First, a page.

Camino Chronicles Arts Series: A Celebration of Mexican and Latin American Music Influenced by California History


Historically, the Camino Real connected the Spanish missions along the state of California. Image by Chandler O’Leary.

How can music reframe the history of the ancient road we know as El Camino Real?

Mexican composer Gabriela Ortiz and Americana folk group the Ronstadt Brothers will celebrate California history through their music from October 1-3, during a weekend of activities presented by the College of Humanities and the Arts from San José State University, the Martha Heasley Cox Center for Steinbeck Studies, TomKat MeDiA, CaminoArts, and Symphony Silicon Valley (SSV). The Ronstadt Brothers will also offer a moderate conversation on the business of music.

CaminoArts celebrates folk and classical music from Mexico and Latin America through an excavation of El Camino Real, the historic indigenous trade route used by the Spaniards to colonize Mexico and what is now the Southwestern States -United and South America, ”said Marcela Davison Aviles, Managing Partner and Executive Producer at TomKat MeDiA, a production company founded by Tom Steyer and Kat Taylor to inspire creativity for the common good.

“We brought this idea to the Center for Steinbeck Studies as a way to catalyze the writing of a new fourth year program on the history of El Camino Real.”

Gabriela Ortiz.

Mexican composer Gabriela Ortiz.

Ortiz’s new composition, a concerto for flute and orchestra titled “D’Colonial Californio”, will premiere at 8 p.m. on Saturday, October 2, with SSV at the California Theater, and again at 2:30 p.m. on Sunday, October 2 . 3.

His work is a joint commission funded by the TomKat Foundation and presented in collaboration with TomKat MeDiA, SSV, CaminoArts and San José State as part of a larger initiative to examine California history through the arts and l ‘education.

Entrance to the Ronstadt show is free. Tickets for the symphonic performance are on sale through Symphony Silicon Valley.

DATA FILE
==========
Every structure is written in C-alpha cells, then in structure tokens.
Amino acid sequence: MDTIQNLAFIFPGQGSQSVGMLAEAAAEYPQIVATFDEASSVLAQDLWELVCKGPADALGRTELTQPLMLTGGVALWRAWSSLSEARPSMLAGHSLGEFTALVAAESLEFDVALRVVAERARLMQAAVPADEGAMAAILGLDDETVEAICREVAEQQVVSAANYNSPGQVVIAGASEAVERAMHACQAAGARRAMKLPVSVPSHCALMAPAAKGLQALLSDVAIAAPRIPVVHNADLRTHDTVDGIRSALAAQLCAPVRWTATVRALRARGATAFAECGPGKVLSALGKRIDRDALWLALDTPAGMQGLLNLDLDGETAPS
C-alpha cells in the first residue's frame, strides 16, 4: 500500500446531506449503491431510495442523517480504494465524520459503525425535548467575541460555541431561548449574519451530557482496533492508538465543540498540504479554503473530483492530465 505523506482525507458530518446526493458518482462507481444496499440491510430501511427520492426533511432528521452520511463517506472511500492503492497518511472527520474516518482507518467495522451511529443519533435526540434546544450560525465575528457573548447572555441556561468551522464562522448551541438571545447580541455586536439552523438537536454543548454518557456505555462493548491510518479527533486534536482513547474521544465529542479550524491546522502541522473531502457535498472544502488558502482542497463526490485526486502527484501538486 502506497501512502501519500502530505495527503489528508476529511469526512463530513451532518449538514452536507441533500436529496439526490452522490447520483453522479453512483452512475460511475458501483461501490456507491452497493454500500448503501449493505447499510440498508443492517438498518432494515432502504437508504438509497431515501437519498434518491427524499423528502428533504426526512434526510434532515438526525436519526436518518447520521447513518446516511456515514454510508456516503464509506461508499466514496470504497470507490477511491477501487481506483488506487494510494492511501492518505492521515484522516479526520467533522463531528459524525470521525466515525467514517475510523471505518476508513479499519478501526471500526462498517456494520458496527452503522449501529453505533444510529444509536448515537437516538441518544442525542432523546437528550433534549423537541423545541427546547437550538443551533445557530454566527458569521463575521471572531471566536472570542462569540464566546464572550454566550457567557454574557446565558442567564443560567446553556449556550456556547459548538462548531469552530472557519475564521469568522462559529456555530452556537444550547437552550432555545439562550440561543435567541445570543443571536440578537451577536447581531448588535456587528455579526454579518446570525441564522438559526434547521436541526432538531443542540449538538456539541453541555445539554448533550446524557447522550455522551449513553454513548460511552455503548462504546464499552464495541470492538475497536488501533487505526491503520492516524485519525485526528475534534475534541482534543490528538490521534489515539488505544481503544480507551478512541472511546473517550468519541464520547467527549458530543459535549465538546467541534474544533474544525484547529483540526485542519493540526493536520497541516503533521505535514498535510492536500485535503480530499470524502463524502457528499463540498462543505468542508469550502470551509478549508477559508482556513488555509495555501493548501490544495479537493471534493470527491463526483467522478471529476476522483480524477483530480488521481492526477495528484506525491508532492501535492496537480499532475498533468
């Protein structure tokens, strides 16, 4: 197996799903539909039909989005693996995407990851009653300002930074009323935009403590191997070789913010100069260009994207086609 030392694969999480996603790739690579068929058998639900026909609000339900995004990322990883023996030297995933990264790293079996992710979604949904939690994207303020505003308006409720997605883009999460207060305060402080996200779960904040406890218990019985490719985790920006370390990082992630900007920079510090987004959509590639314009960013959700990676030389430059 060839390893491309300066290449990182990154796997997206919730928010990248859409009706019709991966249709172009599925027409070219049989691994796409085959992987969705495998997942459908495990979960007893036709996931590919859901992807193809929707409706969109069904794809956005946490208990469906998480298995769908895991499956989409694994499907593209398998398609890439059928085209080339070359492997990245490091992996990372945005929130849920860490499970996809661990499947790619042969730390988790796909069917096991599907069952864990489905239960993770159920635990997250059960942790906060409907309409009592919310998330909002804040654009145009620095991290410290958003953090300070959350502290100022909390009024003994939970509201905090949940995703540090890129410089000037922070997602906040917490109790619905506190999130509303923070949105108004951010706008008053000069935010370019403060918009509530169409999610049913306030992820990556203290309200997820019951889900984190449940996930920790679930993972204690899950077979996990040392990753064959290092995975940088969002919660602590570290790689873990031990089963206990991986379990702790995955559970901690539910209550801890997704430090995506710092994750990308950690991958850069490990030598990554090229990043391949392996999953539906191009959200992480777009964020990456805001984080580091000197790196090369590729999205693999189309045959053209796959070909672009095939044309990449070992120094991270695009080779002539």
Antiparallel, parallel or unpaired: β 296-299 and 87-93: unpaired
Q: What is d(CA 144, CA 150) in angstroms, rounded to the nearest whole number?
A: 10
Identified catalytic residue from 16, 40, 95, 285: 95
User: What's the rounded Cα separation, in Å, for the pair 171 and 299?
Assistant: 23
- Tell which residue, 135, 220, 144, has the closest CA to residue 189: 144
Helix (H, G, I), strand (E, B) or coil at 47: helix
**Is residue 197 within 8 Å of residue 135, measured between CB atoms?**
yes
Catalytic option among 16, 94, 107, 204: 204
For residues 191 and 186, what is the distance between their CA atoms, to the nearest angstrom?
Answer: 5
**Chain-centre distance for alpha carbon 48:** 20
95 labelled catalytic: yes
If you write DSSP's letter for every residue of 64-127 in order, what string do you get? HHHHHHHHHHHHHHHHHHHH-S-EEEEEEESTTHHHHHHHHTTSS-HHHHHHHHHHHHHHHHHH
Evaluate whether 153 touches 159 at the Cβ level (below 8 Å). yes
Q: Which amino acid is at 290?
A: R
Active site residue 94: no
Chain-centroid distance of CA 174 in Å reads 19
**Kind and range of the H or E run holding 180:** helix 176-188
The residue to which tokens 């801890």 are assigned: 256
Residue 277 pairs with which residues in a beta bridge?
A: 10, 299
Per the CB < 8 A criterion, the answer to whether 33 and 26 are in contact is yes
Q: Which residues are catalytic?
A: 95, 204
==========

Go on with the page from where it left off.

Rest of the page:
“The inspired stories and songs of El Camino Real – the transcontinental path forged by indigenous peoples and later colonized by Spanish and European powers – set the stage for the Camino Chronicle Arts series,” said Kat Taylor, director founder of TomKat Ranch. Educational Foundation (TKREF) and one of the sponsors of Camino Chronicles.

“We are delighted to inform the work of Mexican composer Gabriela Ortiz, Mexican-American singer-songwriters Peter and Michael G. Ronstadt, concert flautist Marisa Canales, musicians from Symphony Silicon Valley under the direction of Maestra JoAnne Falleta and the musical director of the project. Benjamin Juarez Echenique, “she added.

“And we are doubly delighted to thank San José State University and the Martha Heasley Cox Center for Steinbeck Studies for believing, like John Steinbeck, in the unique power of harmony, dissonance, cadence and the pace of the diaspora and migration.

The symphony will also perform “New World Symphony” by Antonín Dvořák, a piece that was particularly meaningful to John Steinbeck, added Daniel Rivers, director of the Steinbeck Center and assistant professor of American studies. Canales, who is also a co-founder of CaminoArts, will be the soloist for the Saturday evening and Sunday afternoon performances, under the direction of Grammy-winning conductor Maestra Falletta.

Ronstadt Brothers

The Ronstadt Brothers will perform at the Hammer Theater on October 3. Image courtesy of Marcela Davison Avilas.

The Ronstadt Brothers will perform the world premiere of their new album “The Road”, commissioned by the Camino Chronicles Project and funded by the TomKat Foundation, at the Hammer Theater at 3pm on Sunday October 3rd. The event is free and open. to the public.

“This full Ronstadt Brothers album focuses on the theme of roads, migration and the existential experience of travel,” said Rivers.

Multi-instrumentalists Michael G. Rondstadt and Peter D. Rondstadt describe their music as a “new and fresh interpretation of traditional folk songs from the Southwest and Mexico” that continues the legacy of their aunt Linda and father Michael.

“The Camino Chronicles’ curricular ties to the university are linked to music, history, humanities and education,” said Shannon Miller, dean of the College of Humanities and the Arts.

“Ortiz’s work rethinks the identity of El Camino around issues of migration, while the Ronstadt brothers compose works in the tradition of American folk music while exploring connections to their Mexican heritage and the indigenous roots of the Camino. This introduces many interesting questions related to the decolonization of the curriculum and the arts, ”Miller added.

Visit Symphony Silicon Valley to learn more about the October 2-3 performances of Ortiz’s work.

Learn more about the performance of the Rondstadt brothers and work with the Steinbeck Center.

Discover TomKat MeDia and CaminoArts.

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